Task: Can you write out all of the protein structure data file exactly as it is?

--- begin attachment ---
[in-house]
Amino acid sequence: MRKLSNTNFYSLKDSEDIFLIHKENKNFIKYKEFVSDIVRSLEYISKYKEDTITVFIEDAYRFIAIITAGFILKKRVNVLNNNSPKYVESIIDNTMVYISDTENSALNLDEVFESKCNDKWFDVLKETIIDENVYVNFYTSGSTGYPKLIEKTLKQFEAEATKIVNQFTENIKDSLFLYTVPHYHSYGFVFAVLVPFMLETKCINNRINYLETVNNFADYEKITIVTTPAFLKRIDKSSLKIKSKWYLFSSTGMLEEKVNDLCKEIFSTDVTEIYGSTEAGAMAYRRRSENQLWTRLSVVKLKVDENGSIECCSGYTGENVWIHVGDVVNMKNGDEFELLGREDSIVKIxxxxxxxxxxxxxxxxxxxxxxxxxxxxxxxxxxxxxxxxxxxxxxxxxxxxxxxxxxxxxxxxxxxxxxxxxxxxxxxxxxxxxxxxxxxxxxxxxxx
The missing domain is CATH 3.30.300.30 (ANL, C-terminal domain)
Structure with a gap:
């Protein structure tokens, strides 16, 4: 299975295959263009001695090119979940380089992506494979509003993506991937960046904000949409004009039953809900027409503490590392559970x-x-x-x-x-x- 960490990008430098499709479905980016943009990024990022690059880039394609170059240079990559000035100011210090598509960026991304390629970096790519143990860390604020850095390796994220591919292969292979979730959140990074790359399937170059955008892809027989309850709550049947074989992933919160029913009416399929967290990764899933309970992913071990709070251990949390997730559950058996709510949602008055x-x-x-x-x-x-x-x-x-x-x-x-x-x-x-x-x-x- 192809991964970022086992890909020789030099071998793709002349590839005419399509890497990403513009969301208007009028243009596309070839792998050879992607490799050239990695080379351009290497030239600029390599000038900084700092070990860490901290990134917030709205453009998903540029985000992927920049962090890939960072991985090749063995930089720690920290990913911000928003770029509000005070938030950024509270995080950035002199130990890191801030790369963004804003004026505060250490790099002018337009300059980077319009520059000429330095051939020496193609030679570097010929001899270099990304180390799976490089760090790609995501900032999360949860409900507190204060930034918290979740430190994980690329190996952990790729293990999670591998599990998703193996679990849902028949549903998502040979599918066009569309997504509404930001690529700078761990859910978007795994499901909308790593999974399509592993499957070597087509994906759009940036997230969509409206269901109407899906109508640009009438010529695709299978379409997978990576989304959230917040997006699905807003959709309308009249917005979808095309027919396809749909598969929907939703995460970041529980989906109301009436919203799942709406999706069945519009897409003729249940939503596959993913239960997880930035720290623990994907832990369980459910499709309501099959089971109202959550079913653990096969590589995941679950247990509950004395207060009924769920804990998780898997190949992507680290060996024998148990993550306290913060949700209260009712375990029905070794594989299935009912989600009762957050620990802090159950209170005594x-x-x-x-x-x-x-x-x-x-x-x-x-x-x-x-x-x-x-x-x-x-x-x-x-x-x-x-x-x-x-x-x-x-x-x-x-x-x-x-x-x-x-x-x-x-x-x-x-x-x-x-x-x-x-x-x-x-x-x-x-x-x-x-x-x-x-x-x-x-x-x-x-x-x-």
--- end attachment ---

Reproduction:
[in-house]
Amino acid sequence: MRKLSNTNFYSLKDSEDIFLIHKENKNFIKYKEFVSDIVRSLEYISKYKEDTITVFIEDAYRFIAIITAGFILKKRVNVLNNNSPKYVESIIDNTMVYISDTENSALNLDEVFESKCNDKWFDVLKETIIDENVYVNFYTSGSTGYPKLIEKTLKQFEAEATKIVNQFTENIKDSLFLYTVPHYHSYGFVFAVLVPFMLETKCINNRINYLETVNNFADYEKITIVTTPAFLKRIDKSSLKIKSKWYLFSSTGMLEEKVNDLCKEIFSTDVTEIYGSTEAGAMAYRRRSENQLWTRLSVVKLKVDENGSIECCSGYTGENVWIHVGDVVNMKNGDEFELLGREDSIVKIxxxxxxxxxxxxxxxxxxxxxxxxxxxxxxxxxxxxxxxxxxxxxxxxxxxxxxxxxxxxxxxxxxxxxxxxxxxxxxxxxxxxxxxxxxxxxxxxxxx
The missing domain is CATH 3.30.300.30 (ANL, C-terminal domain)
Structure with a gap:
């Protein structure tokens, strides 16, 4: 299975295959263009001695090119979940380089992506494979509003993506991937960046904000949409004009039953809900027409503490590392559970x-x-x-x-x-x- 960490990008430098499709479905980016943009990024990022690059880039394609170059240079990559000035100011210090598509960026991304390629970096790519143990860390604020850095390796994220591919292969292979979730959140990074790359399937170059955008892809027989309850709550049947074989992933919160029913009416399929967290990764899933309970992913071990709070251990949390997730559950058996709510949602008055x-x-x-x-x-x-x-x-x-x-x-x-x-x-x-x-x-x- 192809991964970022086992890909020789030099071998793709002349590839005419399509890497990403513009969301208007009028243009596309070839792998050879992607490799050239990695080379351009290497030239600029390599000038900084700092070990860490901290990134917030709205453009998903540029985000992927920049962090890939960072991985090749063995930089720690920290990913911000928003770029509000005070938030950024509270995080950035002199130990890191801030790369963004804003004026505060250490790099002018337009300059980077319009520059000429330095051939020496193609030679570097010929001899270099990304180390799976490089760090790609995501900032999360949860409900507190204060930034918290979740430190994980690329190996952990790729293990999670591998599990998703193996679990849902028949549903998502040979599918066009569309997504509404930001690529700078761990859910978007795994499901909308790593999974399509592993499957070597087509994906759009940036997230969509409206269901109407899906109508640009009438010529695709299978379409997978990576989304959230917040997006699905807003959709309308009249917005979808095309027919396809749909598969929907939703995460970041529980989906109301009436919203799942709406999706069945519009897409003729249940939503596959993913239960997880930035720290623990994907832990369980459910499709309501099959089971109202959550079913653990096969590589995941679950247990509950004395207060009924769920804990998780898997190949992507680290060996024998148990993550306290913060949700209260009712375990029905070794594989299935009912989600009762957050620990802090159950209170005594x-x-x-x-x-x-x-x-x-x-x-x-x-x-x-x-x-x-x-x-x-x-x-x-x-x-x-x-x-x-x-x-x-x-x-x-x-x-x-x-x-x-x-x-x-x-x-x-x-x-x-x-x-x-x-x-x-x-x-x-x-x-x-x-x-x-x-x-x-x-x-x-x-x-x-």